After discussion with SLT and governors we're now specifying a solution which has redundancy across into another building and also an offsite DR into another school. This is costing an eye watering amount of money but it is required to meet the SLT/Governors requirements for availability.
My advise now would be to do a DR plan covering the main possible disaster such as loss of server room, major hardware failure, loss of school site. It then needs a decision from SLT as to the timescales they require for each service to be up and running and then a solution specified and costed around that. It's then up to them if they want to spend the money to fulfill those requirements, if they don't want to spend that, then they have to accept compromises.
tmcd35 (6th July 2012)
I think a lot of Schools don't spend enough on the infrastructural as heads only seem to care about the bling they can see!! If you look at the total staff salary pot to amount spent on I bet is a lot lower then in the corporate world. Also schools seem bad and rolling plans for renewal.
Last edited by nicholab; 6th July 2012 at 09:02 AM.
It rather depends on what kind of scale you're operating, and what kind of budget is available over what period of time. If you're relying on a third party to provide the hardware then you'll probably get a SAN as that tends to be what people know how to specify and support, and £50,000 over, say, three years really isn't that much for IT infrastructure for what, as you point out, is generally quite a sizeable organisation. Schools still tend to be under-provided for actual storage volume available - the amount of images and video the average school can produce in a year is growing and can quite overwealm some school's storage facilities.A school has, in a lot of cases, a bigger user base than a medium and large business and has critical data which needs to be securely maintained, backed up etc. If anything the work being done on a school network is more taxing on the infrastructure than in businesses when you think about all the video and photo editing, data being pushed around etc.
When 'selling' to SLT, it's always good to mention savings. So, for instance, we were running 12 servers, and by the time our current transition is completed we'll have a SAN and 2 physical servers. If you were on a 5 year cycle of replacement, then you have an immediate purchase and re-purchase saving. But the big 'sell' at the moment is energey...and we'll reduce 24 PSUs down to 6, which is an energy saving on hardware, not to mention potential savings on cooling. No matter what you plump for, always introduce savings and never forget energy costs.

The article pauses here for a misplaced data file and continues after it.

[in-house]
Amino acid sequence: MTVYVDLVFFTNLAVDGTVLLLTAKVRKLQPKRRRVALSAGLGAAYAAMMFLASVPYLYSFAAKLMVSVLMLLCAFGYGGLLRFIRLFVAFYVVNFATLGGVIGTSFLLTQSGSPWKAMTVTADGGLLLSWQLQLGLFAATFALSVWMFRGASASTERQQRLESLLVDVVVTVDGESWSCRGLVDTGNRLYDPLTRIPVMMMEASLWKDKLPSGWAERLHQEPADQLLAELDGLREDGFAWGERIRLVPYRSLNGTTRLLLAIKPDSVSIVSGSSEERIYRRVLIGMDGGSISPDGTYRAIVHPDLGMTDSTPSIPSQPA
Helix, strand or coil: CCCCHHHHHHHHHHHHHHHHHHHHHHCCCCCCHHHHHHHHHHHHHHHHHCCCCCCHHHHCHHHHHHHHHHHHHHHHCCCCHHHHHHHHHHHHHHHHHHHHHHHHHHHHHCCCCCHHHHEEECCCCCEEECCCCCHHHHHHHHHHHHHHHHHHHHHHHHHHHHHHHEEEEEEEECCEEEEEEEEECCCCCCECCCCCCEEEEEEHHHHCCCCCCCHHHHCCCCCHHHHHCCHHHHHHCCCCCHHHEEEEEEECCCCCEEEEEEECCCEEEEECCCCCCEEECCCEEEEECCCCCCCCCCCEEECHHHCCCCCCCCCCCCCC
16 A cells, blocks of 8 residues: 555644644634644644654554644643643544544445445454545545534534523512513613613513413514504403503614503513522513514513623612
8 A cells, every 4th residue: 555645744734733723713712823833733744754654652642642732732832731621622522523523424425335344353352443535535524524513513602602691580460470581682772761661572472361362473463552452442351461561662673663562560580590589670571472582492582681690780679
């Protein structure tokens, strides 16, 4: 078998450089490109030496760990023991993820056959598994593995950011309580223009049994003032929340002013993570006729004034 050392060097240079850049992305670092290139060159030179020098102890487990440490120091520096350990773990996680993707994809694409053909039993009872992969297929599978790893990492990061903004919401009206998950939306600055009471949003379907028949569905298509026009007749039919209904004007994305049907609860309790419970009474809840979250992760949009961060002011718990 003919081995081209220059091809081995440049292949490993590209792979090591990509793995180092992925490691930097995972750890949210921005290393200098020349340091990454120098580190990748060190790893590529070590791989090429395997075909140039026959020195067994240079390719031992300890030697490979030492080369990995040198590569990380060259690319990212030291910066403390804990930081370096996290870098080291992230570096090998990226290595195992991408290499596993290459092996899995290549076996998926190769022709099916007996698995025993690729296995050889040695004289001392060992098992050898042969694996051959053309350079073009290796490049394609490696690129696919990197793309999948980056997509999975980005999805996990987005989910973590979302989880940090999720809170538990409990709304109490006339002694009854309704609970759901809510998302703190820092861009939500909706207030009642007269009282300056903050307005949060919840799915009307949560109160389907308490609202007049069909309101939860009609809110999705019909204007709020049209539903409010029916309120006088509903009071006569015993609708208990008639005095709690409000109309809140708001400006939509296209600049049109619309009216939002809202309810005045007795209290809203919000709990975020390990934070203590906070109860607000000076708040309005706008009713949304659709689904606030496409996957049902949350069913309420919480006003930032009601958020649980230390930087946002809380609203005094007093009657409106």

MrWu (6th July 2012)
Meh, if I can put up with seeing RM advertising everywhere on here, then you'll have to put up with me mentioning Viglen from time to time. Viglen Storage Group are pretty awesome and the solution works very well. We recently had a third party in to create a new VM for a bespoke app and they commented that our set up was textbook, making their job easy. You get what you ask for (just don't ask for too much - play your suppliers to their strengths and everybody is happy).
On those who quite rightly say that you can run a large secondary on DAS (I have, it was good). Having a well specified, designed and supported SAN based VM infrastructure reduces my teams' time spent on infrastructure management, increasing time available to support front line staff. The real magic is in the backups though. VEEAM takes (nearly) all the hassle out of it - it also provides a ready made infrastructure for testing changes before making them to the live servers. It makes 'best practice' change control management not only possible - but easy, again delivering benefit directly to the end users (quicker changes, less downtime, improved skill and discipline in the back end team).
Sometimes spending cash is not and expense but an investment.